1125 Five Years Running

2006: 14 friends, 1 guest dog, 1 cat, 1 arm in a cast, 1 dropped cutting board, 2 sneaky surprise guests.


Photo by Keem

2007: 2 friends from Massachusetts and 1 from Illinois brave horrible holiday traffic to travel to DC, visit the zoo, play trains, and talk about DRUNK BEES.

Friends

2008: Day after Thanksgiving dinner, pork shoulder, colcannon, spinach quiche, fondue, queso, crafternoon

DSC_0052
Photo by Soy

2009: Eating pie at Village Inn in Davenport even though we’re all stuffed from actual Thanksgiving

Just like last year
Photo by Soy

2010: To the farm! Featuring Baby 80

Thanksgiving Friendos

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1124 Thanksgiving Prep

turkey

We’re leaving in the very wee hours of the morning to drive to Iowa to spend Thanksgiving with my family and also with the Wadsgreens – so tonight was very much about clearing the fridge, packing the bags, and doing a bit of meal prep since we’re likely to roll into Davenport just in time for dinner.

I would say that my grandparents are getting up there in years, but that would be an understatement. They’re old. My grandma was born in 1918, so her first Thanksgiving would’ve been just after Armistice Day. My grandpa was born two years later – his childhood on a farm in very rural Iowa might’ve looked like this:

1920' ish Iowa
Photo by drivebybiscuits1

This year we’ll have eleven at dinner: the two of us, my grandparents, my parents and my aunt Nancy, Eric, Jenn, Bill, and little Max. Mark will be celebrating with friends in California, but will be home for Christmas. Uncle Tom, Aunt Ann, and the little cousins will be with Ann’s family. Uncle Rich will be in Iowa City. There will be turkey and stuffing and Grandma’s mashed potatoes and butterhorn rolls. We will drink wine out of tiny glasses, and Grandma will fuss over the dishes if we don’t get the dishwasher started before she can get up from the table. It will be very warm in the house. These things never change, though this year I’ll be introducing two new dishes: sweet potatoes with pecans and goat cheese and carrot cake, both from Smitten Kitchen.

Part of the reason I love friend Thanksgivings so much is the lack of codified traditions. We each bring our own things to the table – literally and figuratively – and discard the things that don’t work. I love this. But I also love the traditions. I love the fact that our family recipes – boring and predictable as they can be – are ties to the past, to the years of shrimp cocktail before dinner, of being sandwiched at the dinner table between my aunt and my mom, of sneaking sips of wine after the meal. I argued against having a turkey this year, but I know I’d miss it if it wasn’t on the sideboard along with Mom’s cranberry sauce and the small cut glass salad bowls.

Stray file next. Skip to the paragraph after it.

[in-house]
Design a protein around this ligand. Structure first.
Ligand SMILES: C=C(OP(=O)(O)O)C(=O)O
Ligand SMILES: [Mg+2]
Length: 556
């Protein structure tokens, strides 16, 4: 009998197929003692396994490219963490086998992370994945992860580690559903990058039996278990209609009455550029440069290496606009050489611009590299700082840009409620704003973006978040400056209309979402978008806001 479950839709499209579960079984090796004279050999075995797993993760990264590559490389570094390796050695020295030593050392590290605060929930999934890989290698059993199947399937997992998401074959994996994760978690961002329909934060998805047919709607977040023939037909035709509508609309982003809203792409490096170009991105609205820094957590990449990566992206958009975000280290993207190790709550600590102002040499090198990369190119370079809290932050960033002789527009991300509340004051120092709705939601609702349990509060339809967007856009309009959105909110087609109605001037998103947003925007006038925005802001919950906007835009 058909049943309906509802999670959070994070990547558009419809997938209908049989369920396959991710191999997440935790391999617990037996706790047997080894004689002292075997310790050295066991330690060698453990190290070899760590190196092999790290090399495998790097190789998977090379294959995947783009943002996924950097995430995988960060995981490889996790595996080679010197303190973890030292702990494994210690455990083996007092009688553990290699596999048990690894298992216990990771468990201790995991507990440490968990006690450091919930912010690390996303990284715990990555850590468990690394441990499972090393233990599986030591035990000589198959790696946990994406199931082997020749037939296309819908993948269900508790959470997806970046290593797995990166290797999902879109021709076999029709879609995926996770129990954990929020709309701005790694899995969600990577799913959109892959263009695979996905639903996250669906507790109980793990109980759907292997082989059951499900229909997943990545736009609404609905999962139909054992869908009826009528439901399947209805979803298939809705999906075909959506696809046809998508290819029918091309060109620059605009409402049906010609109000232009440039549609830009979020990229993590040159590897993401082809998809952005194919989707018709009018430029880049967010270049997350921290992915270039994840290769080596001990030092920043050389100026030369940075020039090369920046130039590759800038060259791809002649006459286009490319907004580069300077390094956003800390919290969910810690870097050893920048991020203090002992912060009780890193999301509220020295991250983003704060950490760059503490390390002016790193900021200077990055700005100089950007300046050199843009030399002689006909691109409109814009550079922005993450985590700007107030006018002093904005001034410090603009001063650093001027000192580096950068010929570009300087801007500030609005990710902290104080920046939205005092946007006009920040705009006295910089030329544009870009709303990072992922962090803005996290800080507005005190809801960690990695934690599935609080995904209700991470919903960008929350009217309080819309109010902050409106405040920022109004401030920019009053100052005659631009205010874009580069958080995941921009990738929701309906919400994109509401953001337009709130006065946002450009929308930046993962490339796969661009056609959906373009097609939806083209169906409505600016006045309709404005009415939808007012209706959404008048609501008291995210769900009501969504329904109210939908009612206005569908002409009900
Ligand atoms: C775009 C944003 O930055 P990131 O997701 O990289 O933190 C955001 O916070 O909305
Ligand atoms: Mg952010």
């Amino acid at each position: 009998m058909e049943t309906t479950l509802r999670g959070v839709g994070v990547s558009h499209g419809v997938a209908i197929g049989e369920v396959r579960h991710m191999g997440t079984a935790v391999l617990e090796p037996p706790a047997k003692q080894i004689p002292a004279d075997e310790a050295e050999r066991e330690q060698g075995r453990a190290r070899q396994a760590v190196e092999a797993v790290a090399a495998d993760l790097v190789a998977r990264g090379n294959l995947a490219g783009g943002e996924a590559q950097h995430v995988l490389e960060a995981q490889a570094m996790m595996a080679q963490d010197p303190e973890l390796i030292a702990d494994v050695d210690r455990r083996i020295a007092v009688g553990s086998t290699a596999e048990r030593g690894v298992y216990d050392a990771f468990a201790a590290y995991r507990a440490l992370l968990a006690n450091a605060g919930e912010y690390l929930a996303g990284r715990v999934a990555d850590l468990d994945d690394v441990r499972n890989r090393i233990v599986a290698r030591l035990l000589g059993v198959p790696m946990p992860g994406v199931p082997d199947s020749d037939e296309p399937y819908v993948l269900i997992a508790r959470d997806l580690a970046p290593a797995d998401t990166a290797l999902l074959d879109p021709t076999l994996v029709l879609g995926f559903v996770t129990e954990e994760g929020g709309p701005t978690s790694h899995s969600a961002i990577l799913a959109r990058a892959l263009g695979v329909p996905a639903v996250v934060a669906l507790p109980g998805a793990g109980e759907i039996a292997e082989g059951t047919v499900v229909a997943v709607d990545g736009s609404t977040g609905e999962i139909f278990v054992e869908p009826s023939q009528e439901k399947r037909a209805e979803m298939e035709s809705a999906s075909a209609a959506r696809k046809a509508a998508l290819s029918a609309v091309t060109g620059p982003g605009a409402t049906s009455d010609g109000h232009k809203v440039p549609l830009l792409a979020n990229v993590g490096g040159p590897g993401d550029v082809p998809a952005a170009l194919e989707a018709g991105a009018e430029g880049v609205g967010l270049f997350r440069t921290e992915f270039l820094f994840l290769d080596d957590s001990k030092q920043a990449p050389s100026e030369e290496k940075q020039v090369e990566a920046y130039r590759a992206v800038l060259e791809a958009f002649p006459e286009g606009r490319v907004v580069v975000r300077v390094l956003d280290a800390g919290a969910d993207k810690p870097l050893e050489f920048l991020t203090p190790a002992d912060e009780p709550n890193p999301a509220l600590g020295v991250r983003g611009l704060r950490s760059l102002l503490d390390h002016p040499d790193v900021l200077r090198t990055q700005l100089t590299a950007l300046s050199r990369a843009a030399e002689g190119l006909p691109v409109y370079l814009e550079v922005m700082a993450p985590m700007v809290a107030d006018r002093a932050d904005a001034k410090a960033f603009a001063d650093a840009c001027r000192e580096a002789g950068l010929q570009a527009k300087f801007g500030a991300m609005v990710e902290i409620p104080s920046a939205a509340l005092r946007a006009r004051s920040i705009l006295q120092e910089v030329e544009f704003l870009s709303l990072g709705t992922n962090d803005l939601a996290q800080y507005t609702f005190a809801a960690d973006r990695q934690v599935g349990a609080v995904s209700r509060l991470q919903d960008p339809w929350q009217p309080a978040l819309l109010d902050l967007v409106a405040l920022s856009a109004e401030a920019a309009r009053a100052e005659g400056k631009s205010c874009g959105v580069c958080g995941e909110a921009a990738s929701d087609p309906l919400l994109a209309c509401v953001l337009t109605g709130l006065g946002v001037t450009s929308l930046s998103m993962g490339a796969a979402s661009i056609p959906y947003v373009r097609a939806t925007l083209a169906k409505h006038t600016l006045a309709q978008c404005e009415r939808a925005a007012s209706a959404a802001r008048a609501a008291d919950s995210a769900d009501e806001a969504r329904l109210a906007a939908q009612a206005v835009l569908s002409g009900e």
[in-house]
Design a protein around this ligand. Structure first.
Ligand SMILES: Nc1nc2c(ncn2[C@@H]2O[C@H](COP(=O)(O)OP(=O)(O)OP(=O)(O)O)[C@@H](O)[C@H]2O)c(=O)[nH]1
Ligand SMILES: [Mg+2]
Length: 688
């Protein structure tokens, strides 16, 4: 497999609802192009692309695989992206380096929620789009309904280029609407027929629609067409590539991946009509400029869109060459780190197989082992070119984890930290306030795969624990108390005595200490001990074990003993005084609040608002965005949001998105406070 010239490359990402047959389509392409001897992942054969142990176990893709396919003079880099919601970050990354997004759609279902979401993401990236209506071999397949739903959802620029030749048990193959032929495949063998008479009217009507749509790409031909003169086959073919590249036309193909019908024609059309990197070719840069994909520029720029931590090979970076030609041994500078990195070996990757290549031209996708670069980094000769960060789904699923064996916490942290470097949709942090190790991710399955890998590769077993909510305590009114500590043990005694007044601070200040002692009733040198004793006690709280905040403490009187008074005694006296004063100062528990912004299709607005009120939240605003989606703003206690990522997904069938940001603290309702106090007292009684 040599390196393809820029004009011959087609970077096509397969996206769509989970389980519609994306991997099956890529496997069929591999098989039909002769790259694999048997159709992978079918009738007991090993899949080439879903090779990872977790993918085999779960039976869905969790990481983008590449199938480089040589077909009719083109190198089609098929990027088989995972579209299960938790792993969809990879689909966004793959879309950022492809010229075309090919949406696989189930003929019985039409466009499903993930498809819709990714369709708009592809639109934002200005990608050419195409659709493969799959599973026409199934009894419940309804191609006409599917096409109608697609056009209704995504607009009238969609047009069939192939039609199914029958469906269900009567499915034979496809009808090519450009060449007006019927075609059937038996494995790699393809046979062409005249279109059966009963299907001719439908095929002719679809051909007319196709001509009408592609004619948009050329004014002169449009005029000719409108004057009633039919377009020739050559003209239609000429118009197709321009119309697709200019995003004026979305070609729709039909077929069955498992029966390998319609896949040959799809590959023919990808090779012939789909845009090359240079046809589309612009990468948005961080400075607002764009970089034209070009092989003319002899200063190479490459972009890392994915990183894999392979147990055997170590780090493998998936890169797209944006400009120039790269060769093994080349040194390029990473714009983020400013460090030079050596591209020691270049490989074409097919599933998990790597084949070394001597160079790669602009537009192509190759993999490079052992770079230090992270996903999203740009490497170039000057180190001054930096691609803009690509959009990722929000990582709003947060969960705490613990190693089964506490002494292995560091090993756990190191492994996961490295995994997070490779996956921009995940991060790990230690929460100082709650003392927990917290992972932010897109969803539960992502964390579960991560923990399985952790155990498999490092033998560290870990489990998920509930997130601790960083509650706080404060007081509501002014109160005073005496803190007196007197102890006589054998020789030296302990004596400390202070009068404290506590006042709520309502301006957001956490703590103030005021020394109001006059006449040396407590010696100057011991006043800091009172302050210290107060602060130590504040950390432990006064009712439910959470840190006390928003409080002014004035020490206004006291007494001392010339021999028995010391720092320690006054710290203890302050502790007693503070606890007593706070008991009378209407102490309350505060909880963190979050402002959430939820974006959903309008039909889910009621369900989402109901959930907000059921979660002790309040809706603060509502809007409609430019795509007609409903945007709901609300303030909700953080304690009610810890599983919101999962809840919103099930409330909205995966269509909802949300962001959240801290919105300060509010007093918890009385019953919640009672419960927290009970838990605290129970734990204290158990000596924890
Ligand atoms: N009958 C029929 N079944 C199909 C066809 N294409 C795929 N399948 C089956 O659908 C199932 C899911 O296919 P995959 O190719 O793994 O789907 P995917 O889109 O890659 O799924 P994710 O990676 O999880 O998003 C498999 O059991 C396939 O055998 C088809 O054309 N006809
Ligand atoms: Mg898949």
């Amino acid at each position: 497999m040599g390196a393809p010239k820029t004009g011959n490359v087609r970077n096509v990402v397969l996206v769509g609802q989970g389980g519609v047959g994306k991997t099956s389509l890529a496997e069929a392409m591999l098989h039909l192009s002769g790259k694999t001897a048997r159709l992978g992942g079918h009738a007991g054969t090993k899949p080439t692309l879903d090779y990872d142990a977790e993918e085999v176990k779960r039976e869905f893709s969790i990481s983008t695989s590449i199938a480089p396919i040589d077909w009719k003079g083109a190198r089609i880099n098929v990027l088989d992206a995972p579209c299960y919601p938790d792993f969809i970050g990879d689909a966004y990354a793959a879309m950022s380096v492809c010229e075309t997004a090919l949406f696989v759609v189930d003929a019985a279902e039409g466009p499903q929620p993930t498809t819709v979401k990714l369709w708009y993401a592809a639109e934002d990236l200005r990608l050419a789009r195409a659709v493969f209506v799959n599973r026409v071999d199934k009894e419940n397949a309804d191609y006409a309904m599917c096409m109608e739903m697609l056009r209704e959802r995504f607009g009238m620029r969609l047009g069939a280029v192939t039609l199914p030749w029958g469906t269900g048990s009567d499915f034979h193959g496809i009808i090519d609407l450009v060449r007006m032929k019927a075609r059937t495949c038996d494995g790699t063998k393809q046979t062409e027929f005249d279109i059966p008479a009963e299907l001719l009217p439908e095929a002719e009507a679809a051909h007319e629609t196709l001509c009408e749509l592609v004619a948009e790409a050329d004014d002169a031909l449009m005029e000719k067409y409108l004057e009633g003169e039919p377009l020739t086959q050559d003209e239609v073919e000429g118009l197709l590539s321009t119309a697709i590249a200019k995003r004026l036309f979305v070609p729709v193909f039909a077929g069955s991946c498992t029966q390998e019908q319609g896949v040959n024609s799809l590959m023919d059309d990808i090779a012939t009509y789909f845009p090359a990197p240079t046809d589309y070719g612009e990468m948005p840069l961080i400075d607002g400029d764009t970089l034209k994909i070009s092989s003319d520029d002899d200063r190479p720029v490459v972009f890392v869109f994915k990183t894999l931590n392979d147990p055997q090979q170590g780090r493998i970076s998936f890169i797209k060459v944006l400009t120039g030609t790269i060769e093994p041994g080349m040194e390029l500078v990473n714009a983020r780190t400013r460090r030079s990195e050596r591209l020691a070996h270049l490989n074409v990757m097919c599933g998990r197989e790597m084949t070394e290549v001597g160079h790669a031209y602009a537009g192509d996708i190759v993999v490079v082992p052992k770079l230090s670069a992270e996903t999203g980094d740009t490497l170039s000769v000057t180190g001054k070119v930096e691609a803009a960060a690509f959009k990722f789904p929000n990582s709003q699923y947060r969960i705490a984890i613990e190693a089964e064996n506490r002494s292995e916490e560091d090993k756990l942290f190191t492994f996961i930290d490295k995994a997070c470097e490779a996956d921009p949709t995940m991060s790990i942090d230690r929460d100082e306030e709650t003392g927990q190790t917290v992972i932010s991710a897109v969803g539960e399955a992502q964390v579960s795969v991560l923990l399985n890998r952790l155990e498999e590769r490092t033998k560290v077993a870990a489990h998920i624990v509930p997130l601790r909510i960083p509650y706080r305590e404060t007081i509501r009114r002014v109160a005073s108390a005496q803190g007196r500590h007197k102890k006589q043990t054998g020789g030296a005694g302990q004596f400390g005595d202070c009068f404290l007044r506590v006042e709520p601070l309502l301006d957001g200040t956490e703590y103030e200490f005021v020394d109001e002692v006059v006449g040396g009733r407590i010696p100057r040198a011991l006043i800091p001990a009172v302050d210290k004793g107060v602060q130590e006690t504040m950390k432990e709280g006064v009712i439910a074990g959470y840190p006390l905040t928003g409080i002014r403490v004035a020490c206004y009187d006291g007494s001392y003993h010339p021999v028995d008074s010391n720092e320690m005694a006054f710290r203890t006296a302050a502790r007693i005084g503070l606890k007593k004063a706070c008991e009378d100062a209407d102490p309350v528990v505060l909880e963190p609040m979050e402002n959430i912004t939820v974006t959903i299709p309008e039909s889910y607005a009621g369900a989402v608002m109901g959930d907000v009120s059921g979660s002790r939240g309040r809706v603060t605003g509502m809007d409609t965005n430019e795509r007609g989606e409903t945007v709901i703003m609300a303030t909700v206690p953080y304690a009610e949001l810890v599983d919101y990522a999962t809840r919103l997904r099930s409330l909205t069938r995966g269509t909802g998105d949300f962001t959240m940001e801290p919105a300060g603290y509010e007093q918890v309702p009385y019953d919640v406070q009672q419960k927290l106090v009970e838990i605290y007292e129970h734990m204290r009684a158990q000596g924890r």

Going home for the holidays is expensive and time consuming – hours in the car, money for pet sitters and expensive tanks of gas and food on the road. Moods run thin, we eat too much, and sleep is compromised by unfamiliar beds. I dread the drive and the stress, and part of me will be relieved when we don’t have to make as long of a trip. At the same time, I treasure the years and years of memories, and look forward to the brief amount of time we’ll have with my family around the table. I feel tremendously blessed.

Thanksgiving Eve

In the years I lived in Champaign, Thanksgiving Eve was always the best night to go out.  The sorts of people who go out on Thanksgiving Eve can be generally broken into two camps: those who are home for the holiday and happy to be out seeing friends and loved ones, and those who are avoiding either the friends/loved ones or don’t have them to begin with.  In short, it’s an ideal night to go out if you want to have one drink with people, or if you want to sit at the end of the bar with your beer and read your book for a while.  I miss that.

It’s Thanksgiving Eve here in Alexandria, and our apartment is humming with laundry and dishes and puttering as we get ready for Jason and Sonya to arrive in the wee hours of tomorrow morning.  We’ve dispensed with tradition, so tonight we made no pies, prepped no mashed potatoes.  Instead, we hit Rustico’s happy hour, where we split a fantastic grilled cheese, then ran a few errands, visited Michigan and Iko (two of our four pet wards for the weekend), and made pumpkin ice cream for dinner #2 over the weekend.  Even though it’s been a 3 day work week, it feels like it’s been a loooong 3 days, and I’m delighted for 4 days off.

In the morning I’ll post my list of thanks, probably over my morning cup of coffee for which I’m ALWAYS thankful.  What are you thankful for this year?